Alumni Spotlight: Zara Elle Cornaby


My absolute dream job is to become a marine biologist. I am currently a junior in high school and have always had a deep love for the ocean. The mystery, adventure, and desire to discover drives me to do everything humanly possible in order to have a job in the sea.

Why did you choose this program?

My mother has been looking into it for years. Since I have always loved marine biology, this program seemed to align most with what we were looking for in a program. The team seemed friendly, the location was beautiful, and the program had so many options to choose from. I don’t think we could have found a better program to pick.

What did your program provider (or university) assist you with, and what did you have to organize on your own?

I had the option of writing why I wanted to go to Action Quest in order to receive a percentage off of the fee to go on the program. Overall, the planning and execution were very organized and we were helped and contacted often to keep us in the know of what was going on. I felt at ease throughout the whole process.

What is one piece of advice you'd give to someone going on your program?

Do everything possible thing that is available to you. We had the opportunity to hike to the top of a mountain, over half of the people didn’t do it and just stayed on the boats to sleep more. That hike was one of the most incredible parts of the trip, and I genuinely am not a big fan of hiking. By saying yes to every opportunity, you will feel the reward and that you really maximized your experience. Also bond with the people on your boat. The people are what make the experience so open yourself up to the possibility of new friendships.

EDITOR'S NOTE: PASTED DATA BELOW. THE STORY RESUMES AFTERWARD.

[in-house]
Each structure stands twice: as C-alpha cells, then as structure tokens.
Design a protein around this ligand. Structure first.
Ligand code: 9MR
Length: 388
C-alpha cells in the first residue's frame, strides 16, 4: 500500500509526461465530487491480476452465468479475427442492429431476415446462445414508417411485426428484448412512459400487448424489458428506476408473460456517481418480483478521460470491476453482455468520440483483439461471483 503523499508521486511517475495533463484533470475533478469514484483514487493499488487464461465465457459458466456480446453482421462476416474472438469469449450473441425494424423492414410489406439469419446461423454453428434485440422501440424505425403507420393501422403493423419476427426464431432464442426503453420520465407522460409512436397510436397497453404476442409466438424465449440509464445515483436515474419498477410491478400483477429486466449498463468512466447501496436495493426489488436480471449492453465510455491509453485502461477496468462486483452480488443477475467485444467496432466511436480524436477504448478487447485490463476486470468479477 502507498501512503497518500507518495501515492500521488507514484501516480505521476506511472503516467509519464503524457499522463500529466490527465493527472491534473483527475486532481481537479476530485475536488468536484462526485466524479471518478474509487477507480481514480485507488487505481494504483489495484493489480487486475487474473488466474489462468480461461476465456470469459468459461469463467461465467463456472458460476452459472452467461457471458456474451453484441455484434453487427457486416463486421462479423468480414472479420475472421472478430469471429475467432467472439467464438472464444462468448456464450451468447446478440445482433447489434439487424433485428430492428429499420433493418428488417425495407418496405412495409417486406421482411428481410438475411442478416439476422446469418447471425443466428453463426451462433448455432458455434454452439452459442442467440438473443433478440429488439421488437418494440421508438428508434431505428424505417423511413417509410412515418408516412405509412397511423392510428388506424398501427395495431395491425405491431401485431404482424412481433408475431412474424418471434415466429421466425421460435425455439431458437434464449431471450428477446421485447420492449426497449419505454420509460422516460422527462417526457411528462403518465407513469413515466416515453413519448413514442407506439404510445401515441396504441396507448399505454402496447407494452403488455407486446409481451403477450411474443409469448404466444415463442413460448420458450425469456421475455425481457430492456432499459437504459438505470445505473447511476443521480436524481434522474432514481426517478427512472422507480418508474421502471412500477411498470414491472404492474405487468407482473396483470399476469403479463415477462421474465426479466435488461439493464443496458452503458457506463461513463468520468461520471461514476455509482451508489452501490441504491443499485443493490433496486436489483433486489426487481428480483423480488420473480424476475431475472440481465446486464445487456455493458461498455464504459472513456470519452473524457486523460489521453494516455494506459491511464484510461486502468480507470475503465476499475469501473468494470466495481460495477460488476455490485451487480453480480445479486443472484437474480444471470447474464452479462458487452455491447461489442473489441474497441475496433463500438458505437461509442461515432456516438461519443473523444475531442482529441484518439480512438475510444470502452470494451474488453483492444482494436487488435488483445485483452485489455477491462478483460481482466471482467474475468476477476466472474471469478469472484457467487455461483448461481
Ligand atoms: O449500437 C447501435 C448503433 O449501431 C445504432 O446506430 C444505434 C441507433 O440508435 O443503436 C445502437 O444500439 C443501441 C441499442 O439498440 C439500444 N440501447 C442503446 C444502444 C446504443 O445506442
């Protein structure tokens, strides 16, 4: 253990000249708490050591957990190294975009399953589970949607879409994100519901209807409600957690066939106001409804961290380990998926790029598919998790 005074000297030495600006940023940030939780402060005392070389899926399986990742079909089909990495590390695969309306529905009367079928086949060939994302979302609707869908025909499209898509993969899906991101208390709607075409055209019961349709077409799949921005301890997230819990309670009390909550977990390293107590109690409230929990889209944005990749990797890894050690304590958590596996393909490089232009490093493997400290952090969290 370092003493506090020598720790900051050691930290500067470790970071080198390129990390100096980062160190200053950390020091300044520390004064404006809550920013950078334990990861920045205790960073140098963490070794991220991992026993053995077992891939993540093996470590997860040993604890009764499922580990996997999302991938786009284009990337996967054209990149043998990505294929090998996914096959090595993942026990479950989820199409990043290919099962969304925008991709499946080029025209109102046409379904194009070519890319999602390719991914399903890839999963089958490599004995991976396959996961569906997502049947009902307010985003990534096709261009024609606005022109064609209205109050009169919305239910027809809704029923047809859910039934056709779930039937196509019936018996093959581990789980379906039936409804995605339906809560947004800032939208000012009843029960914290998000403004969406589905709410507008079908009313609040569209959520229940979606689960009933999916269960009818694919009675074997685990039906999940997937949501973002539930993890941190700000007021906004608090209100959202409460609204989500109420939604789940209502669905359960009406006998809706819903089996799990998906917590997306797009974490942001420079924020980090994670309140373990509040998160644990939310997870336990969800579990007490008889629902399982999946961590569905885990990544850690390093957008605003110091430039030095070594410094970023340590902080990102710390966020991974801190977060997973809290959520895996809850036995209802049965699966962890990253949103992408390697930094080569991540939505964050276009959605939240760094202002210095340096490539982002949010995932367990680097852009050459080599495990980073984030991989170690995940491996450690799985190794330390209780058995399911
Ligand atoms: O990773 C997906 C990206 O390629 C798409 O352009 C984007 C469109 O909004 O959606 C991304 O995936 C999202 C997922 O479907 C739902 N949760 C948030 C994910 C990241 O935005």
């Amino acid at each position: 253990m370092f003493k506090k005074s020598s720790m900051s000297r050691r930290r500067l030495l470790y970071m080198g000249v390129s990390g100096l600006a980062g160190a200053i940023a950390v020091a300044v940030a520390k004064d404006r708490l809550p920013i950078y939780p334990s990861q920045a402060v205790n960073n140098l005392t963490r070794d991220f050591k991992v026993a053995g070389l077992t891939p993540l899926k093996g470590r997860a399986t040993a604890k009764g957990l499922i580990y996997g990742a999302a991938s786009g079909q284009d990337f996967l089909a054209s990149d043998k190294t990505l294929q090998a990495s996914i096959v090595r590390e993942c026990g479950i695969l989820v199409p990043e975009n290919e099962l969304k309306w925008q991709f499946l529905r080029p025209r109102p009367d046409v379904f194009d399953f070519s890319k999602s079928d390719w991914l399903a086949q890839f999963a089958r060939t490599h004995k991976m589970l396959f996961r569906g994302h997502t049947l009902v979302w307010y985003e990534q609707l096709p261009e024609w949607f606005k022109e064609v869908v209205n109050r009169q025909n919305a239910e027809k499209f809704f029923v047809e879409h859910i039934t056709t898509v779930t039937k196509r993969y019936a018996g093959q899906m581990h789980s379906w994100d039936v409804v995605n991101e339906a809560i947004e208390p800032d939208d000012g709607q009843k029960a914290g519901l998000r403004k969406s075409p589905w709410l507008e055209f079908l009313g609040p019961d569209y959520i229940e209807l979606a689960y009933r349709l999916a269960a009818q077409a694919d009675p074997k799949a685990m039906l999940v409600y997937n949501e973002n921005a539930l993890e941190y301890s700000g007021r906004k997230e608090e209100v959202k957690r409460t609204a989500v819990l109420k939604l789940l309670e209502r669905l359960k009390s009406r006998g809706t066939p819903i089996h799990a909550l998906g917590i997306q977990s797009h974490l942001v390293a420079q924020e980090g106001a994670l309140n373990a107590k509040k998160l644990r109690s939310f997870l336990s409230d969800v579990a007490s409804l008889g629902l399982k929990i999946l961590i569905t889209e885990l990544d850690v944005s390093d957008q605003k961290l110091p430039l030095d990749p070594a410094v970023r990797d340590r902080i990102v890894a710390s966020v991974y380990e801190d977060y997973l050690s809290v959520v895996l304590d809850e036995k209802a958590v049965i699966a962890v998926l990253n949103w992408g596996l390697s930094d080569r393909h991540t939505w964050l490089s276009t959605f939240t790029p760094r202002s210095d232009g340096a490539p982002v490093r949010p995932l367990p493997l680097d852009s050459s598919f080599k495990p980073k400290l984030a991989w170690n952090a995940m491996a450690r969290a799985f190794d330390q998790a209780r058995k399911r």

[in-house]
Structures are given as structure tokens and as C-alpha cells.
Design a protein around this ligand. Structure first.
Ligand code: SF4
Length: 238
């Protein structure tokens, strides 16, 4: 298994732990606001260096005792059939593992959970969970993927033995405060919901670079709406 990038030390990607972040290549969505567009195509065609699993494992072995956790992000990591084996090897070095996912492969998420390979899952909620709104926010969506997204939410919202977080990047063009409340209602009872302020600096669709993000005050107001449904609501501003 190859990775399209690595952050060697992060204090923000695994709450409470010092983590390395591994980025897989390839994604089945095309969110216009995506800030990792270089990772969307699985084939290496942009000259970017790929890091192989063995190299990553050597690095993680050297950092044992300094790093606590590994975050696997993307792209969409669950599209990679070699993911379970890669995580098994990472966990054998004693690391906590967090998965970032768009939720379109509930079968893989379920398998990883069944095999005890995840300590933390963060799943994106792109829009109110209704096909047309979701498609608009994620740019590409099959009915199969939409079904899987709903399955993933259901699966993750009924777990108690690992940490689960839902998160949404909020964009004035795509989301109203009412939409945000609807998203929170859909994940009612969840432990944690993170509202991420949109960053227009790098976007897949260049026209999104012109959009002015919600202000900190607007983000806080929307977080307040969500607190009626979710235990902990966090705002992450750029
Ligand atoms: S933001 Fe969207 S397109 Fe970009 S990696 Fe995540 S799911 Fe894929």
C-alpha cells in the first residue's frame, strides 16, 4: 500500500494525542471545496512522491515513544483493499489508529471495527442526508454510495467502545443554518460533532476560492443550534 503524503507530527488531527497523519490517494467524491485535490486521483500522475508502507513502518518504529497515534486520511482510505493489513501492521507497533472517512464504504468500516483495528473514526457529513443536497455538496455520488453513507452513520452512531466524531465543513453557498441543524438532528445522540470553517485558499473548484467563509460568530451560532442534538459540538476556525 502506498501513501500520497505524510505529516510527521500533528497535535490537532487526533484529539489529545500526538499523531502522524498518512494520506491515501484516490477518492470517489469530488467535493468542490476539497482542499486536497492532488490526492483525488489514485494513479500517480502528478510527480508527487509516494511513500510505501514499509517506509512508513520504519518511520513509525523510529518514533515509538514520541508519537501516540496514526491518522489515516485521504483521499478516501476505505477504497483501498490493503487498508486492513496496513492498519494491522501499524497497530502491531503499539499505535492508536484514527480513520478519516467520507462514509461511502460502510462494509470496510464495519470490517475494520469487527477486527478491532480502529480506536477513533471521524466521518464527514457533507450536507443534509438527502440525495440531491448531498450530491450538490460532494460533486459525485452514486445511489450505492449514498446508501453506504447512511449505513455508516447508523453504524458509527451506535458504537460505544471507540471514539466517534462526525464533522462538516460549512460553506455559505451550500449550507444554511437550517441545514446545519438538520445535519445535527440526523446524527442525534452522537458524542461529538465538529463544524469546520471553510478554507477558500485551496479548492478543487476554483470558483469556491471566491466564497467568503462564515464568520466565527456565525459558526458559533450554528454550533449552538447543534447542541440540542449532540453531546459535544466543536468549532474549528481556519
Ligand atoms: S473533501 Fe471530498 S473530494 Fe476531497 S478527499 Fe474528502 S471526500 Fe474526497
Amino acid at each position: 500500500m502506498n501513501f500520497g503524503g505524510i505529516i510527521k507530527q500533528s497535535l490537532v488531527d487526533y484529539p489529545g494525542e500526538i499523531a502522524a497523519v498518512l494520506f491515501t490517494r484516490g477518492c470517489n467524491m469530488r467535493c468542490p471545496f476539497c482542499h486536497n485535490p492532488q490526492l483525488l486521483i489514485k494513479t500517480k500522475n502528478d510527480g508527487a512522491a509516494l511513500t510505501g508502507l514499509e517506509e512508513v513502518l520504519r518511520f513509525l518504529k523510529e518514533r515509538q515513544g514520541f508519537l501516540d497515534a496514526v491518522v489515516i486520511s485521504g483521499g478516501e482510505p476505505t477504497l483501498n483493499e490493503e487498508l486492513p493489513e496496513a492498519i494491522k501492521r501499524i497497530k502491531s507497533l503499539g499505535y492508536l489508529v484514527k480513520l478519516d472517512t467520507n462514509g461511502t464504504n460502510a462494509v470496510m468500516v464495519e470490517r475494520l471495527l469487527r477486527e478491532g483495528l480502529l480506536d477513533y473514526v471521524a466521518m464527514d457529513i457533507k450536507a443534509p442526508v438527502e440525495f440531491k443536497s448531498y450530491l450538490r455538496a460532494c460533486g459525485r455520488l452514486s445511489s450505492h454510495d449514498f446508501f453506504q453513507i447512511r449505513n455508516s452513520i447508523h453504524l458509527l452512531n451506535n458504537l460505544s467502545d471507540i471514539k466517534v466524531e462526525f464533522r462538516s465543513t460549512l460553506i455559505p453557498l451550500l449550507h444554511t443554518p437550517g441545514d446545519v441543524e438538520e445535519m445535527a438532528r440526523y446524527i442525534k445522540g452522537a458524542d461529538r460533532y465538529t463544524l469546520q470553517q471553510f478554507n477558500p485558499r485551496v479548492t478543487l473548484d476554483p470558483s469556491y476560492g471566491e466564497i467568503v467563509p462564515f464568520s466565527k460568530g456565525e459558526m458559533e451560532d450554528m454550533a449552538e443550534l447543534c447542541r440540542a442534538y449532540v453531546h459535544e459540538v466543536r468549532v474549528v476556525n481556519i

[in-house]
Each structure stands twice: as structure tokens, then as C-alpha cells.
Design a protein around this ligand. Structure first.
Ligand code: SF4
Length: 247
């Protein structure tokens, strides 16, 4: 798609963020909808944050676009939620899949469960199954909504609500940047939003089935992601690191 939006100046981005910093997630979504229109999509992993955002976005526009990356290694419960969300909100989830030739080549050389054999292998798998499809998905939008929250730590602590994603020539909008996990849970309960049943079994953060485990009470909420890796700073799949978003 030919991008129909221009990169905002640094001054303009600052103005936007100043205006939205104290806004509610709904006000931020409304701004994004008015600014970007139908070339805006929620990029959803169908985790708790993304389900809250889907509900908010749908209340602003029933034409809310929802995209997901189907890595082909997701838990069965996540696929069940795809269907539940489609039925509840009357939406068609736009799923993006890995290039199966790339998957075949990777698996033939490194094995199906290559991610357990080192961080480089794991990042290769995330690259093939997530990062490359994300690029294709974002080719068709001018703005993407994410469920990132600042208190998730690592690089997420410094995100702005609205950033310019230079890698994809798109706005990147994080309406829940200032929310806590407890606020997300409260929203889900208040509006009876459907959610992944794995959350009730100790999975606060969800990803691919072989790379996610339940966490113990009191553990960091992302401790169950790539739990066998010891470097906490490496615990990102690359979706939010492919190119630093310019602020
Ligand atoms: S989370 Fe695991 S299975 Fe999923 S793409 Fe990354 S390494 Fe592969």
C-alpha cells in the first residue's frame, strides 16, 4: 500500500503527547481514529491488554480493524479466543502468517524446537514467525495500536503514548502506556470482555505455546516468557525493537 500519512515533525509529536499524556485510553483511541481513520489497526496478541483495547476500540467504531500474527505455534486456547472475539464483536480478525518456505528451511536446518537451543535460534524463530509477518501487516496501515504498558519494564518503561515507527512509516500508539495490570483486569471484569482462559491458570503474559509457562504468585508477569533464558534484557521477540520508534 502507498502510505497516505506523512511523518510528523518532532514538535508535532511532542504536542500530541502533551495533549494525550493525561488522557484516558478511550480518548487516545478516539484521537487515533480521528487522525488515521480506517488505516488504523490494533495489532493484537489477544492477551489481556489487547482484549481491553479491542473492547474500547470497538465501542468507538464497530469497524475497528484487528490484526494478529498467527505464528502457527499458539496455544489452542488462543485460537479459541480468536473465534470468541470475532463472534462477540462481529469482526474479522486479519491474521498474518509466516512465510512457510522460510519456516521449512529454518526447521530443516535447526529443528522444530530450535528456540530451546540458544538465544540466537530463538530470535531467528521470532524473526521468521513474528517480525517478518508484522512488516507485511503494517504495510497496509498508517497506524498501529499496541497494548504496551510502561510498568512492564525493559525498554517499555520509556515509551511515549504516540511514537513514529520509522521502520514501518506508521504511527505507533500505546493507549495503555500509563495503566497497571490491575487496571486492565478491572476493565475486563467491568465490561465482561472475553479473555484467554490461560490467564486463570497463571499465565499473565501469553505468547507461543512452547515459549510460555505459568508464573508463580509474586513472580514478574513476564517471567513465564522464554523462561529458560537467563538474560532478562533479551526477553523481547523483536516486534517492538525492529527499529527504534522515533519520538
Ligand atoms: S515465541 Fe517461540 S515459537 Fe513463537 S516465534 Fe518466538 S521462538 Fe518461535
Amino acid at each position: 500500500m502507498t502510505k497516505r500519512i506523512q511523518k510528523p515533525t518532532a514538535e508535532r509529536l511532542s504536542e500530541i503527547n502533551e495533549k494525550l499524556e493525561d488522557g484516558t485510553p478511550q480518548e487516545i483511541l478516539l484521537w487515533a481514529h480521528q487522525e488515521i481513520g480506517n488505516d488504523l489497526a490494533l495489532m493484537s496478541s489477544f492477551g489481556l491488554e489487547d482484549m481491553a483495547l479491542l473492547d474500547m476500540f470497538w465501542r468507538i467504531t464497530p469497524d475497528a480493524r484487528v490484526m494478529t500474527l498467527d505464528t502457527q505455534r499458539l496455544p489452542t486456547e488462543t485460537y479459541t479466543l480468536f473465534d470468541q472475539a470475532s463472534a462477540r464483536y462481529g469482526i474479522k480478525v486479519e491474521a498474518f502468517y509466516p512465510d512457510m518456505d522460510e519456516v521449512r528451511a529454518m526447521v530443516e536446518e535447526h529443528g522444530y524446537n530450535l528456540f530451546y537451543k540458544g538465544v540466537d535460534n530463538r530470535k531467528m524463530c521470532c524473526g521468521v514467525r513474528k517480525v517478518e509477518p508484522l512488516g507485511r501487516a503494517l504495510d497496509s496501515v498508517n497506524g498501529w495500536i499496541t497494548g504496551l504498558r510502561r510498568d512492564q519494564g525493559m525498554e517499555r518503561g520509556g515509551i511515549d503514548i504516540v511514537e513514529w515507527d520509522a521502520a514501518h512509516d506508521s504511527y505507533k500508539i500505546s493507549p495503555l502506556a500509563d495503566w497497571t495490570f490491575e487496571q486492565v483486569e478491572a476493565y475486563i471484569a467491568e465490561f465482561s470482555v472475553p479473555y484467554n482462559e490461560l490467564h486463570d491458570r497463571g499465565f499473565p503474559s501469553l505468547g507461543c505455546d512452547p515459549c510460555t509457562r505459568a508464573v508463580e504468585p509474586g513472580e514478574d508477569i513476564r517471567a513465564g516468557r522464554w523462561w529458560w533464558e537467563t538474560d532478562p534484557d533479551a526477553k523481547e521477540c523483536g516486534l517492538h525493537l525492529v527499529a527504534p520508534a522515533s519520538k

What does an average day/week look like as a participant of this program?

You wake up resting on the ocean. Fun music is playing, everyone is climbing out of their sleeping sacks, and you begin the chores for the day. But they aren’t really chores because you are singing and laughing with your crewmates the whole time. You eat breakfast, laugh some more and maybe play a round or two of cards. You head to your dive site, take photos, see new species, adventure around. That day you might be headed to land, shopping, and interacting with other people on the other boats. Or possibly you have a beach dinner with the whole fleet. Either way, you go full tilt until it gets dark or starts to rain. But you don’t really care, so you go outside and dance in the rain, sing some more. Maybe you share some personal information, maybe you talk about nothing at all. The night ends with stargazing and talking. Slowly everyone goes to bed, excited to repeat it all over again the next day.

Going into your experience abroad, what was your biggest fear, and how did you overcome it? How did your views on the issue change?

I had never been to a sleepaway camp and I really wanted to be with a good group of people. I overcame it by allowing myself to believe that everything would be fantastic, and it was. I found that the experience on the boat was one of the best in my entire life. I think back to it often, missing those people, missing sleeping far from home on a boat. It truly was incredible.

How is the food?

Most of it is pretty good for being on a boat most of the time. You have chips and snacks, food such as ramen and pasta, plus there are other options for those with dietary restrictions. You have opportunities to go onshore and also grab lunch or snacks, but those don’t occur every day. Overall, the food is pretty decent.